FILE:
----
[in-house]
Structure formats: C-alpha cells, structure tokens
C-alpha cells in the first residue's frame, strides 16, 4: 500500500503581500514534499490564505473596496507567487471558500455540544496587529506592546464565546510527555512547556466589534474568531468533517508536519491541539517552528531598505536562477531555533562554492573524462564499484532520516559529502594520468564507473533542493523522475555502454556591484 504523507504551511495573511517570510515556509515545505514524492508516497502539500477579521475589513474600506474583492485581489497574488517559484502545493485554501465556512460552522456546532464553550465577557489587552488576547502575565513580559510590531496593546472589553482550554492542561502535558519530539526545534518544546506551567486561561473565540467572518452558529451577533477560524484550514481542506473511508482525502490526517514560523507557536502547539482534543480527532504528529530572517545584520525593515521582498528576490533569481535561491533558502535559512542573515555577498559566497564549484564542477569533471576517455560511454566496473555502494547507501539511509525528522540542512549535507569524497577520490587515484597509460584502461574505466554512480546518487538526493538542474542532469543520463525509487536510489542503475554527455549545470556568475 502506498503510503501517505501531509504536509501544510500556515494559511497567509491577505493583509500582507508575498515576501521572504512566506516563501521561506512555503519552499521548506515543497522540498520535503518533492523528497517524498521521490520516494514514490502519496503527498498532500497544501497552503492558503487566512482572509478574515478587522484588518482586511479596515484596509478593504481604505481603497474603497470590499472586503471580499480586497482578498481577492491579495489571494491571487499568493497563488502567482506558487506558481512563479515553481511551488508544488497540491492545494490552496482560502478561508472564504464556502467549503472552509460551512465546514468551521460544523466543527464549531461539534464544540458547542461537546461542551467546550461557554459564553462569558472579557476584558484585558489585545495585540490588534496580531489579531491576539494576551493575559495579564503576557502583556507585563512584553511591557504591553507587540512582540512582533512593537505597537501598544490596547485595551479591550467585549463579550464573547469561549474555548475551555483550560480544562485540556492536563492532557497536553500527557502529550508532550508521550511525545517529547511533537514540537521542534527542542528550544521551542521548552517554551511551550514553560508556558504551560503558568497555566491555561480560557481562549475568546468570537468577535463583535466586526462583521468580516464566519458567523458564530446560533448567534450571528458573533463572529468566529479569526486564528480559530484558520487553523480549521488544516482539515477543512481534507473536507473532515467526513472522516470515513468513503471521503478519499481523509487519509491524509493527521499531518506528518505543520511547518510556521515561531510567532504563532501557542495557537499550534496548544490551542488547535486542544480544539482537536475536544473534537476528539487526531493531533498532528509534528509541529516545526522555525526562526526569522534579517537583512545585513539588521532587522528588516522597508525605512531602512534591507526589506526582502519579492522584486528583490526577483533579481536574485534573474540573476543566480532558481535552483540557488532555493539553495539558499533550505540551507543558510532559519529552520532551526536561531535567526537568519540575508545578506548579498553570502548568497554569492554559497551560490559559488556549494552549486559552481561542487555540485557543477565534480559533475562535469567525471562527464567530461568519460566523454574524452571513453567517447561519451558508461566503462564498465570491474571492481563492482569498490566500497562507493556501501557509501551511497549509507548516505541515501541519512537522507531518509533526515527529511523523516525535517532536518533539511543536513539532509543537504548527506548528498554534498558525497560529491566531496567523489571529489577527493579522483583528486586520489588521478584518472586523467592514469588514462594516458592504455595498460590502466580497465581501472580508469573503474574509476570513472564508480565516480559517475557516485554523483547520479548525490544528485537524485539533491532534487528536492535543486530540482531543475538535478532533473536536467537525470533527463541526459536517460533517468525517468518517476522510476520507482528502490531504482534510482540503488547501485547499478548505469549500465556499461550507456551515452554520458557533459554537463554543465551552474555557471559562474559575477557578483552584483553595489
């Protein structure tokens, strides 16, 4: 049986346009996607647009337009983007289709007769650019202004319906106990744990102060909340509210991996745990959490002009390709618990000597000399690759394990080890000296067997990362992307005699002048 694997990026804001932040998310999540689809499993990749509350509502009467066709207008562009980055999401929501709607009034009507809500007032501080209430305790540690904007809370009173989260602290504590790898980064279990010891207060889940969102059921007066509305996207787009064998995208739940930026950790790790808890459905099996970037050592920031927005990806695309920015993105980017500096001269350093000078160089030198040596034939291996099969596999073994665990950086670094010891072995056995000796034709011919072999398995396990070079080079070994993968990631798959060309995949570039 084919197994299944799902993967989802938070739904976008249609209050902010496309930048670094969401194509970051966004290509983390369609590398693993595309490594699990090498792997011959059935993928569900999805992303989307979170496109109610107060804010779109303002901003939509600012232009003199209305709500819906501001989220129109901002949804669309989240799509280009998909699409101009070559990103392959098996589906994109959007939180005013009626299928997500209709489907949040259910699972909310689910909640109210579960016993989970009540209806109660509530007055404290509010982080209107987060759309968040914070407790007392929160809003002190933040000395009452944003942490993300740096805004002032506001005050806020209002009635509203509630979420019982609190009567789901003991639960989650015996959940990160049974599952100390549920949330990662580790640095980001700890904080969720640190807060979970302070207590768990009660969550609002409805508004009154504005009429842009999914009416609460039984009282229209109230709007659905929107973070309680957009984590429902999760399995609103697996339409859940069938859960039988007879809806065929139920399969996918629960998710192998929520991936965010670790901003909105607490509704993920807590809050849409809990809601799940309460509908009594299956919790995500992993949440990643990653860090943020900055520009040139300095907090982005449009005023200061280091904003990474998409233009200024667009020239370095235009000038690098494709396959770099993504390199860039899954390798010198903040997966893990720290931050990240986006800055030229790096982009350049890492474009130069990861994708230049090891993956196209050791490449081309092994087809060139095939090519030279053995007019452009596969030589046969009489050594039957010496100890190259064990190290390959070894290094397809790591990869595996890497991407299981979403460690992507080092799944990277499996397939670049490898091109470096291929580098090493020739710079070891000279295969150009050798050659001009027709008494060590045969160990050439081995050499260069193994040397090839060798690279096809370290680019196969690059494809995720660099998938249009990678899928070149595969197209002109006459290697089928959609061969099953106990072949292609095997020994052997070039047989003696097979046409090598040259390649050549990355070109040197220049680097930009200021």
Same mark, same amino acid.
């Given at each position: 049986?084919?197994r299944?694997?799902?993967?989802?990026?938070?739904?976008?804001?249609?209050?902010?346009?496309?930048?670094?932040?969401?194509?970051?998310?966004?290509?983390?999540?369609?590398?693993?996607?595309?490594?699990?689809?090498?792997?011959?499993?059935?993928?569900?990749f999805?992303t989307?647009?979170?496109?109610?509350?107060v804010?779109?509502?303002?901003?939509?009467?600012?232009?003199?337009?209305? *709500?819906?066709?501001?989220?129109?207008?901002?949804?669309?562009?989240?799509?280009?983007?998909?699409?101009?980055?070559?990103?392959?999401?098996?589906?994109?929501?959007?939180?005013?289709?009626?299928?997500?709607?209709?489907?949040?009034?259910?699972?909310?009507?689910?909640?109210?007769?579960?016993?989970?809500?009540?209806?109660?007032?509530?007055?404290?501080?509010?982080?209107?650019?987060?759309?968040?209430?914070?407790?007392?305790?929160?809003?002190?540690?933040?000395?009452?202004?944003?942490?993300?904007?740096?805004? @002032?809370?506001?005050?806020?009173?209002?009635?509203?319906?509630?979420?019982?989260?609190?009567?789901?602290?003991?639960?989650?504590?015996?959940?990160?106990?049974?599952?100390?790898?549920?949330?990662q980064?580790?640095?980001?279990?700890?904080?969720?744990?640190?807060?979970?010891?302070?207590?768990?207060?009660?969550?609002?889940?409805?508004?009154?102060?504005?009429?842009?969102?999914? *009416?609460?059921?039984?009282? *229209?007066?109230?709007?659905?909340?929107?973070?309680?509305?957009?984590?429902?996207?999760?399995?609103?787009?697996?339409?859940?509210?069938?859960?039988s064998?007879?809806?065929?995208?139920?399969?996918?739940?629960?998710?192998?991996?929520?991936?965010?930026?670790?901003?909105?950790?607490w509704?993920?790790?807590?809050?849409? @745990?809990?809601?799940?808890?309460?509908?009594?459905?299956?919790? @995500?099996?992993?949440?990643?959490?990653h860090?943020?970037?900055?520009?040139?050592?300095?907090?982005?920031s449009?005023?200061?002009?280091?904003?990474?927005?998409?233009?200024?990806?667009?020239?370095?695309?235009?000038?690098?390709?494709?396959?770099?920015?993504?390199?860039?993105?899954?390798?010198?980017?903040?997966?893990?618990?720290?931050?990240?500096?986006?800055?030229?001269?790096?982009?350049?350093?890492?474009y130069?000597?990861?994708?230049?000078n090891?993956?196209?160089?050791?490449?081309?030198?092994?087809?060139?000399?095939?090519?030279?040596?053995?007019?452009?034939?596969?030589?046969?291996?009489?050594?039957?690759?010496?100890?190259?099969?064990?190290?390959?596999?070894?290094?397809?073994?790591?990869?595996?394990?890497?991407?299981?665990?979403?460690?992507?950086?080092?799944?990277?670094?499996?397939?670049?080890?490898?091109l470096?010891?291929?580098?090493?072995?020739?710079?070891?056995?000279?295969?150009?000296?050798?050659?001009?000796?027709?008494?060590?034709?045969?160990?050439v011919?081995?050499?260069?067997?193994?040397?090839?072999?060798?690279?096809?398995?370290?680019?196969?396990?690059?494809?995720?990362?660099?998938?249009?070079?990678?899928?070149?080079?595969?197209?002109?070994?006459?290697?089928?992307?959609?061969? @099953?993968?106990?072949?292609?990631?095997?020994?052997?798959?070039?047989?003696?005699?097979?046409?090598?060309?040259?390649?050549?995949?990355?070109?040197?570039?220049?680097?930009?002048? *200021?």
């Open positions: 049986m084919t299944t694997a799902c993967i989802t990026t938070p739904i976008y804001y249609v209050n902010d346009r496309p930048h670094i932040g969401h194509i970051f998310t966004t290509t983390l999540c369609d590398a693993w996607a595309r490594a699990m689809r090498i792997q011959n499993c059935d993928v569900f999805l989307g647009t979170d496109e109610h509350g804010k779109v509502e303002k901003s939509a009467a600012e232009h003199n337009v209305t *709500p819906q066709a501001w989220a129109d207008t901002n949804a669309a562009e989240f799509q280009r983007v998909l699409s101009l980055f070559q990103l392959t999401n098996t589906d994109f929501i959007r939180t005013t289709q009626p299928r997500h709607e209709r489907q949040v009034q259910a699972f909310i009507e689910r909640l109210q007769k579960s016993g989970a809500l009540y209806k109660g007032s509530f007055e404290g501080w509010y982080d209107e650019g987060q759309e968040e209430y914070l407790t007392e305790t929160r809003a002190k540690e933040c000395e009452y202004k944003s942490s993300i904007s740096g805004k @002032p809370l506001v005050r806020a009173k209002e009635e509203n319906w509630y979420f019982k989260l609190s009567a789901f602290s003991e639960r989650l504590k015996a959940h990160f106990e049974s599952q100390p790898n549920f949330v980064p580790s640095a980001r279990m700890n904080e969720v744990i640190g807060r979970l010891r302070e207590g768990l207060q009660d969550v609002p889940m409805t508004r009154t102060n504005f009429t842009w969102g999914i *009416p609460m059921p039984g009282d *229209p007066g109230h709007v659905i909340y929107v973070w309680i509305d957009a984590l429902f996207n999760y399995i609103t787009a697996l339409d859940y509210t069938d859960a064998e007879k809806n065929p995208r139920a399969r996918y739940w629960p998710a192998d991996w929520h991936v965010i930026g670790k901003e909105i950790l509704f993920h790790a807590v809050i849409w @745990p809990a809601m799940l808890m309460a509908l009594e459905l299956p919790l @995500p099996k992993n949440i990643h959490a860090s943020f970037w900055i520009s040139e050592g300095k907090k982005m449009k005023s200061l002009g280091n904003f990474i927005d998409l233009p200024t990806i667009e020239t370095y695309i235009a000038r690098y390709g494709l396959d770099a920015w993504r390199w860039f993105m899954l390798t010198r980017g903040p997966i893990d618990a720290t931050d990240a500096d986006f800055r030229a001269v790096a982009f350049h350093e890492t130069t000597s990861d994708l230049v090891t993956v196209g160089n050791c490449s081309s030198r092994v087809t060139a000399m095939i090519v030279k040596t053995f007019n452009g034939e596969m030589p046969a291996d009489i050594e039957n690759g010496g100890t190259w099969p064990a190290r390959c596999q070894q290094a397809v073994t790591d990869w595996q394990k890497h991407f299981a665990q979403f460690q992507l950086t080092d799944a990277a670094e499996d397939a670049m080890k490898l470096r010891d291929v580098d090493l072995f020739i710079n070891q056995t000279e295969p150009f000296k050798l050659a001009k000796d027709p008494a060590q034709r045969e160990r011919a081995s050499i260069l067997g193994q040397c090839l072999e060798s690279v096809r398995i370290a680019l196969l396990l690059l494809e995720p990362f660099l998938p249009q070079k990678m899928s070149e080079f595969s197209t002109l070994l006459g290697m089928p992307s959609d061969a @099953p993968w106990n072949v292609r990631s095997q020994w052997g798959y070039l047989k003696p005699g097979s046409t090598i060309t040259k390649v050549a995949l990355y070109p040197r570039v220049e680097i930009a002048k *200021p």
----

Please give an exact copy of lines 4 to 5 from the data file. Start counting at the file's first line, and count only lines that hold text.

């Protein structure tokens, strides 16, 4: 049986346009996607647009337009983007289709007769650019202004319906106990744990102060909340509210991996745990959490002009390709618990000597000399690759394990080890000296067997990362992307005699002048 694997990026804001932040998310999540689809499993990749509350509502009467066709207008562009980055999401929501709607009034009507809500007032501080209430305790540690904007809370009173989260602290504590790898980064279990010891207060889940969102059921007066509305996207787009064998995208739940930026950790790790808890459905099996970037050592920031927005990806695309920015993105980017500096001269350093000078160089030198040596034939291996099969596999073994665990950086670094010891072995056995000796034709011919072999398995396990070079080079070994993968990631798959060309995949570039 084919197994299944799902993967989802938070739904976008249609209050902010496309930048670094969401194509970051966004290509983390369609590398693993595309490594699990090498792997011959059935993928569900999805992303989307979170496109109610107060804010779109303002901003939509600012232009003199209305709500819906501001989220129109901002949804669309989240799509280009998909699409101009070559990103392959098996589906994109959007939180005013009626299928997500209709489907949040259910699972909310689910909640109210579960016993989970009540209806109660509530007055404290509010982080209107987060759309968040914070407790007392929160809003002190933040000395009452944003942490993300740096805004002032506001005050806020209002009635509203509630979420019982609190009567789901003991639960989650015996959940990160049974599952100390549920949330990662580790640095980001700890904080969720640190807060979970302070207590768990009660969550609002409805508004009154504005009429842009999914009416609460039984009282229209109230709007659905929107973070309680957009984590429902999760399995609103697996339409859940069938859960039988007879809806065929139920399969996918629960998710192998929520991936965010670790901003909105607490509704993920807590809050849409809990809601799940309460509908009594299956919790995500992993949440990643990653860090943020900055520009040139300095907090982005449009005023200061280091904003990474998409233009200024667009020239370095235009000038690098494709396959770099993504390199860039899954390798010198903040997966893990720290931050990240986006800055030229790096982009350049890492474009130069990861994708230049090891993956196209050791490449081309092994087809060139095939090519030279053995007019452009596969030589046969009489050594039957010496100890190259064990190290390959070894290094397809790591990869595996890497991407299981979403460690992507080092799944990277499996397939670049490898091109470096291929580098090493020739710079070891000279295969150009050798050659001009027709008494060590045969160990050439081995050499260069193994040397090839060798690279096809370290680019196969690059494809995720660099998938249009990678899928070149595969197209002109006459290697089928959609061969099953106990072949292609095997020994052997070039047989003696097979046409090598040259390649050549990355070109040197220049680097930009200021």
Same mark, same amino acid.